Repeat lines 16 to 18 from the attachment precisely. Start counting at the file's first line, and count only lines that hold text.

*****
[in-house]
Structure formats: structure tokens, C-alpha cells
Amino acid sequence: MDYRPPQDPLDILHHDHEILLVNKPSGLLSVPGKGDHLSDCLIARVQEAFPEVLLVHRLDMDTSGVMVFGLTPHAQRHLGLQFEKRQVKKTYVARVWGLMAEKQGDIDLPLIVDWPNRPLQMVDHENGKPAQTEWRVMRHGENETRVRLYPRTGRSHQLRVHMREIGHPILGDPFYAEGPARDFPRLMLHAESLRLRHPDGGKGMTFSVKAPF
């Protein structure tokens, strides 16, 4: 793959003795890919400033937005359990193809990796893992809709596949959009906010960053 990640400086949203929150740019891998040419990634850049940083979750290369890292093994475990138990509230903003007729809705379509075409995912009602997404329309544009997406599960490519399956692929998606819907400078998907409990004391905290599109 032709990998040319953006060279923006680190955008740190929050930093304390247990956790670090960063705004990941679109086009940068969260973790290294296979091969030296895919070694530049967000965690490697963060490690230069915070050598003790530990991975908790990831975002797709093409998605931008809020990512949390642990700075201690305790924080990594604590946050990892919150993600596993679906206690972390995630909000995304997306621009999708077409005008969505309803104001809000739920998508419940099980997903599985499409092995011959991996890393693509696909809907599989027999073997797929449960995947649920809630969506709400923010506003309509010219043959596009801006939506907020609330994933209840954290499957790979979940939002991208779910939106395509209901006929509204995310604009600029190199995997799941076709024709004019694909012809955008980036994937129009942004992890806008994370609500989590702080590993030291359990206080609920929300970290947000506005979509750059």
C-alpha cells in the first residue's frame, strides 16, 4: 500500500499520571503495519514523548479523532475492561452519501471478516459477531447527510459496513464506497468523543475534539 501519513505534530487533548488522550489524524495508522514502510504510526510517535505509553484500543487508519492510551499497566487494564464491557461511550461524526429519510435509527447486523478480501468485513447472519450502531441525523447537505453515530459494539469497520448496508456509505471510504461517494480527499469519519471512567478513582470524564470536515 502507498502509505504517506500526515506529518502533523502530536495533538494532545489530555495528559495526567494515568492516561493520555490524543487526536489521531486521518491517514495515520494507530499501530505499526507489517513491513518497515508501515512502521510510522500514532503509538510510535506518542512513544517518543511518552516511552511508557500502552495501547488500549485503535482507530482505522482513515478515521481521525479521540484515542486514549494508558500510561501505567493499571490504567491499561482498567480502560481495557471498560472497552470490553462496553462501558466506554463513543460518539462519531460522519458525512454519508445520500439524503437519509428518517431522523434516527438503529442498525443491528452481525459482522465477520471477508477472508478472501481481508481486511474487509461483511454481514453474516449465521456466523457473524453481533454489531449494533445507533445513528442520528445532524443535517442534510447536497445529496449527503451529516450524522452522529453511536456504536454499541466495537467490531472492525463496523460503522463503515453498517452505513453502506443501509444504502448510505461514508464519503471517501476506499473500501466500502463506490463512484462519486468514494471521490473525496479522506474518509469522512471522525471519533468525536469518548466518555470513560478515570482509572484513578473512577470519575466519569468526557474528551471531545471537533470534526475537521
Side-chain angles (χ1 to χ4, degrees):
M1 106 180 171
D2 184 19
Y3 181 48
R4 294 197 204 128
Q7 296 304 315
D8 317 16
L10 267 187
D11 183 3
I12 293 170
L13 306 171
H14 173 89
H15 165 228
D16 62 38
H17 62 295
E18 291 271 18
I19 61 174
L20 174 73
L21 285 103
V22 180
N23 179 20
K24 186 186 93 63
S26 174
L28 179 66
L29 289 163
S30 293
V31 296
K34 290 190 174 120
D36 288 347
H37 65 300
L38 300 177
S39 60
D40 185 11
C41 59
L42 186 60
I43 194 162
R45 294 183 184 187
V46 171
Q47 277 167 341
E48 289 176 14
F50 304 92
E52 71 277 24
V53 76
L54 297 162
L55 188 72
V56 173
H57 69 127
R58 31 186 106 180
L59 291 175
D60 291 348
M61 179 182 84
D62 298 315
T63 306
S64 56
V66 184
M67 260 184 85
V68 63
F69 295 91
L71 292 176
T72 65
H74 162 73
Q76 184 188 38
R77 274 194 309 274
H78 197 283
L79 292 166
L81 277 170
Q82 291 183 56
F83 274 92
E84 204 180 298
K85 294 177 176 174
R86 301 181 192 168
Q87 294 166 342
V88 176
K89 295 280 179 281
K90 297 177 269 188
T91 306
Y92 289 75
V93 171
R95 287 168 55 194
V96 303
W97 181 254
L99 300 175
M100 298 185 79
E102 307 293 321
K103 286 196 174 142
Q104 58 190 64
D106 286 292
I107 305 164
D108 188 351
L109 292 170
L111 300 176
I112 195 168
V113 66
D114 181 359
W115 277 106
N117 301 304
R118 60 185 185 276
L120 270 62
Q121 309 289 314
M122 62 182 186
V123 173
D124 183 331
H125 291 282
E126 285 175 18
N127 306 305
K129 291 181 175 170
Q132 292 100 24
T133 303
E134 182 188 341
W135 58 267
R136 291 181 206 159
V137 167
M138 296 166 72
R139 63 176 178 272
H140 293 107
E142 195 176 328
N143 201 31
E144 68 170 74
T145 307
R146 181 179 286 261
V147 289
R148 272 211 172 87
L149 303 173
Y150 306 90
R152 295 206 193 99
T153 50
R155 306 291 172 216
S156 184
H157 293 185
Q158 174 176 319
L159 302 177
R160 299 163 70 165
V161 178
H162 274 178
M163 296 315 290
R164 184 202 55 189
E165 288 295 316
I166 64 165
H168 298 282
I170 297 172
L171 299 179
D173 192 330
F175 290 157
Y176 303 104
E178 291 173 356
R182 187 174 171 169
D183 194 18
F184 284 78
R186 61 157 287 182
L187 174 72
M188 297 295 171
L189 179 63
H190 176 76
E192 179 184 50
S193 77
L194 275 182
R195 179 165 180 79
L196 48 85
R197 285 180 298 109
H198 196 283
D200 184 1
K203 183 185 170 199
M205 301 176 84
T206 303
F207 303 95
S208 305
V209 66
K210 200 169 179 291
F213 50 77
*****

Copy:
L13 306 171
H14 173 89
H15 165 228